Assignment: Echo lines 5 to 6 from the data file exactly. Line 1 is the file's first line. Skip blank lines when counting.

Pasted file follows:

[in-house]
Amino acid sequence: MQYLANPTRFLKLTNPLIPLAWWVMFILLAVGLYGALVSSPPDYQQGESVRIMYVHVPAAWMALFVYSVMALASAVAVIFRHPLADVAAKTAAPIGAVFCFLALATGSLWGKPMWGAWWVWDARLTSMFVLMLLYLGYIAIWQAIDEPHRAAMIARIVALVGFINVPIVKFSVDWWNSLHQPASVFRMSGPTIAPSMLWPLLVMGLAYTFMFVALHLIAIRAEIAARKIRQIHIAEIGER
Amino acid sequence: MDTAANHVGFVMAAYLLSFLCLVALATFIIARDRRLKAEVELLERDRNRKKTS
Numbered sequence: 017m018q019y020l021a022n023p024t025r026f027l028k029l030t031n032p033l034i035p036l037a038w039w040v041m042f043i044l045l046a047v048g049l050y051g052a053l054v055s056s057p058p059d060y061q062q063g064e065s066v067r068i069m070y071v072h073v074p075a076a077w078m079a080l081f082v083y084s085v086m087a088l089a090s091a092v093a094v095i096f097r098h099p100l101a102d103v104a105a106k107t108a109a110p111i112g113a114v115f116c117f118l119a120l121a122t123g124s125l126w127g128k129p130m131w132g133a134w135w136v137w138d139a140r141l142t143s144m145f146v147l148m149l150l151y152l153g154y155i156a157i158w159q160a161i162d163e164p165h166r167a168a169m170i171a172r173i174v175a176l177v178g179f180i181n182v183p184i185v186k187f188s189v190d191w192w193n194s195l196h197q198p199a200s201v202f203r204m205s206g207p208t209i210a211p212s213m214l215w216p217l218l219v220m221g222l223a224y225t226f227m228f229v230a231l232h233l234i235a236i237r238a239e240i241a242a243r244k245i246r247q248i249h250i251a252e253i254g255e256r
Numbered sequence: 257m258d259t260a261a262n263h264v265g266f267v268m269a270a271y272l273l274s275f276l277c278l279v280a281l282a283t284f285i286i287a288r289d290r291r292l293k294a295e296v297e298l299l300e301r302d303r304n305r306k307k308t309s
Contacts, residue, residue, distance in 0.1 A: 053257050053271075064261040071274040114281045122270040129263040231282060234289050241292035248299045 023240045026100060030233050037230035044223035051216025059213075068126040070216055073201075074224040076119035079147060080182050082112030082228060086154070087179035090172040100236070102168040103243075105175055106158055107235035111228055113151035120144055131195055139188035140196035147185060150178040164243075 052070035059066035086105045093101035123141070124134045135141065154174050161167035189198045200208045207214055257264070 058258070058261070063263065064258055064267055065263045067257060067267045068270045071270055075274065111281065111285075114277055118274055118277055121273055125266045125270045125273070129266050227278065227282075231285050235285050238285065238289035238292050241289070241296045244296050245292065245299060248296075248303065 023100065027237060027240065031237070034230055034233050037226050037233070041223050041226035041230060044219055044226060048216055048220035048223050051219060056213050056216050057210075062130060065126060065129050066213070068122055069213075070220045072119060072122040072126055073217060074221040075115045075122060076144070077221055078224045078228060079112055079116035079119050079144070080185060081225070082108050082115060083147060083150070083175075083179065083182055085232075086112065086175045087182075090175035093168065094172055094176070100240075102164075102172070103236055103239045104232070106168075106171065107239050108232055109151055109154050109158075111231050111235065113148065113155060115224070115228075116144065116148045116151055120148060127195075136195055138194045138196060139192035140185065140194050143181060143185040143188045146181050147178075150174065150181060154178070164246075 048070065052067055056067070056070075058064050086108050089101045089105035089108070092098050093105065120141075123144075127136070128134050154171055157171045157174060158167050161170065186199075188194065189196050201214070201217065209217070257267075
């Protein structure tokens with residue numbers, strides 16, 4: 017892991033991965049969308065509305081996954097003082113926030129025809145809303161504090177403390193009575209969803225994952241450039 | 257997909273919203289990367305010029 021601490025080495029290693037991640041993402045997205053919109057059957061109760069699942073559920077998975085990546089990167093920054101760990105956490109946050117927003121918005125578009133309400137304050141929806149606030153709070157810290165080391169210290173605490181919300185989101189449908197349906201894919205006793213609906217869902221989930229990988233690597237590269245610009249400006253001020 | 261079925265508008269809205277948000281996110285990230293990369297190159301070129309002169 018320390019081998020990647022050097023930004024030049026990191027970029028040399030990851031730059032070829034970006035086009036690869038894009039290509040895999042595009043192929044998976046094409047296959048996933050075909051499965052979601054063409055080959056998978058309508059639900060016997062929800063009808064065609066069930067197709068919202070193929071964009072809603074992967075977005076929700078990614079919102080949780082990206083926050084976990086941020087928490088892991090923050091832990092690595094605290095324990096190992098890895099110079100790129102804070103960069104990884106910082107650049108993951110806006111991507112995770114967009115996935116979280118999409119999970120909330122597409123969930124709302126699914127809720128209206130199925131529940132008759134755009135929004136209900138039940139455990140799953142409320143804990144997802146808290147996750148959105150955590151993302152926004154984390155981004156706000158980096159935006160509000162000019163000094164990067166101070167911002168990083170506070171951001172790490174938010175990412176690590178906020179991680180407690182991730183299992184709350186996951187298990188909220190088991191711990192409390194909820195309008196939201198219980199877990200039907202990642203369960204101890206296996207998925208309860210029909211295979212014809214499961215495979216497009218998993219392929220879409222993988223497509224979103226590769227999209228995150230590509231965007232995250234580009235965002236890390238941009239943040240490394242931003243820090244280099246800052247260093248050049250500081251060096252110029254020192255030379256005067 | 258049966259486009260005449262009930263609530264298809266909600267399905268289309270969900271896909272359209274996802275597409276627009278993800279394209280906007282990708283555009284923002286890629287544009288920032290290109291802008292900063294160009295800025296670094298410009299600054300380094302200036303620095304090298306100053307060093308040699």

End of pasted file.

Numbered sequence: 257m258d259t260a261a262n263h264v265g266f267v268m269a270a271y272l273l274s275f276l277c278l279v280a281l282a283t284f285i286i287a288r289d290r291r292l293k294a295e296v297e298l299l300e301r302d303r304n305r306k307k308t309s
Contacts, residue, residue, distance in 0.1 A: 053257050053271075064261040071274040114281045122270040129263040231282060234289050241292035248299045 023240045026100060030233050037230035044223035051216025059213075068126040070216055073201075074224040076119035079147060080182050082112030082228060086154070087179035090172040100236070102168040103243075105175055106158055107235035111228055113151035120144055131195055139188035140196035147185060150178040164243075 052070035059066035086105045093101035123141070124134045135141065154174050161167035189198045200208045207214055257264070 058258070058261070063263065064258055064267055065263045067257060067267045068270045071270055075274065111281065111285075114277055118274055118277055121273055125266045125270045125273070129266050227278065227282075231285050235285050238285065238289035238292050241289070241296045244296050245292065245299060248296075248303065 023100065027237060027240065031237070034230055034233050037226050037233070041223050041226035041230060044219055044226060048216055048220035048223050051219060056213050056216050057210075062130060065126060065129050066213070068122055069213075070220045072119060072122040072126055073217060074221040075115045075122060076144070077221055078224045078228060079112055079116035079119050079144070080185060081225070082108050082115060083147060083150070083175075083179065083182055085232075086112065086175045087182075090175035093168065094172055094176070100240075102164075102172070103236055103239045104232070106168075106171065107239050108232055109151055109154050109158075111231050111235065113148065113155060115224070115228075116144065116148045116151055120148060127195075136195055138194045138196060139192035140185065140194050143181060143185040143188045146181050147178075150174065150181060154178070164246075 048070065052067055056067070056070075058064050086108050089101045089105035089108070092098050093105065120141075123144075127136070128134050154171055157171045157174060158167050161170065186199075188194065189196050201214070201217065209217070257267075